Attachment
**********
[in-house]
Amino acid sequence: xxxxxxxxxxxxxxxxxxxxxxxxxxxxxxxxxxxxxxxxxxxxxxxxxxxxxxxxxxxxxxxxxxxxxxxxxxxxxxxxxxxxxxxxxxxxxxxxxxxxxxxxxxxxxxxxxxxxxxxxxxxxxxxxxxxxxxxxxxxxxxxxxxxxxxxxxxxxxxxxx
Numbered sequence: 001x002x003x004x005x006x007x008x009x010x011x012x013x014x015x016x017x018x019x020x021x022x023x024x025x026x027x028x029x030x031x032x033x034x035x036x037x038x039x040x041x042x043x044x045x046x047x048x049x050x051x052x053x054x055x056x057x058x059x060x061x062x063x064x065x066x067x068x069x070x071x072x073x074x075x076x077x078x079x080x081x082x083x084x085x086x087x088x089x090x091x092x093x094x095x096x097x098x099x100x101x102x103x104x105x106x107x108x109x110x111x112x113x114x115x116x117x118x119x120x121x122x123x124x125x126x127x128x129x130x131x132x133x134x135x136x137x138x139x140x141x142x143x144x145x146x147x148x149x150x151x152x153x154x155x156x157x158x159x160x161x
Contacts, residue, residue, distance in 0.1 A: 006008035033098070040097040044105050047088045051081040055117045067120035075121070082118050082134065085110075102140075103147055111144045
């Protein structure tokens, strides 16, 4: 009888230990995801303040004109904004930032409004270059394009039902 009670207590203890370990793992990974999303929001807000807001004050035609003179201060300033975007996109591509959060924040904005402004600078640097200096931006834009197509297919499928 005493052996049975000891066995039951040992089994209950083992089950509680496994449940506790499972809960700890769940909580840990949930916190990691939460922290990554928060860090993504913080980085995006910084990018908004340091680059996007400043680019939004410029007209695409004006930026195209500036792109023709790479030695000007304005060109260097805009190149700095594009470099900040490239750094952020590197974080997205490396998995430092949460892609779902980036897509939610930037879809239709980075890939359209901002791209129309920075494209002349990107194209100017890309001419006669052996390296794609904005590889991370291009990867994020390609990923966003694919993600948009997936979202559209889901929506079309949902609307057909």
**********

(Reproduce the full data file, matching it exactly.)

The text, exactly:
[in-house]
Amino acid sequence: xxxxxxxxxxxxxxxxxxxxxxxxxxxxxxxxxxxxxxxxxxxxxxxxxxxxxxxxxxxxxxxxxxxxxxxxxxxxxxxxxxxxxxxxxxxxxxxxxxxxxxxxxxxxxxxxxxxxxxxxxxxxxxxxxxxxxxxxxxxxxxxxxxxxxxxxxxxxxxxxx
Numbered sequence: 001x002x003x004x005x006x007x008x009x010x011x012x013x014x015x016x017x018x019x020x021x022x023x024x025x026x027x028x029x030x031x032x033x034x035x036x037x038x039x040x041x042x043x044x045x046x047x048x049x050x051x052x053x054x055x056x057x058x059x060x061x062x063x064x065x066x067x068x069x070x071x072x073x074x075x076x077x078x079x080x081x082x083x084x085x086x087x088x089x090x091x092x093x094x095x096x097x098x099x100x101x102x103x104x105x106x107x108x109x110x111x112x113x114x115x116x117x118x119x120x121x122x123x124x125x126x127x128x129x130x131x132x133x134x135x136x137x138x139x140x141x142x143x144x145x146x147x148x149x150x151x152x153x154x155x156x157x158x159x160x161x
Contacts, residue, residue, distance in 0.1 A: 006008035033098070040097040044105050047088045051081040055117045067120035075121070082118050082134065085110075102140075103147055111144045
């Protein structure tokens, strides 16, 4: 009888230990995801303040004109904004930032409004270059394009039902 009670207590203890370990793992990974999303929001807000807001004050035609003179201060300033975007996109591509959060924040904005402004600078640097200096931006834009197509297919499928 005493052996049975000891066995039951040992089994209950083992089950509680496994449940506790499972809960700890769940909580840990949930916190990691939460922290990554928060860090993504913080980085995006910084990018908004340091680059996007400043680019939004410029007209695409004006930026195209500036792109023709790479030695000007304005060109260097805009190149700095594009470099900040490239750094952020590197974080997205490396998995430092949460892609779902980036897509939610930037879809239709980075890939359209901002791209129309920075494209002349990107194209100017890309001419006669052996390296794609904005590889991370291009990867994020390609990923966003694919993600948009997936979202559209889901929506079309949902609307057909």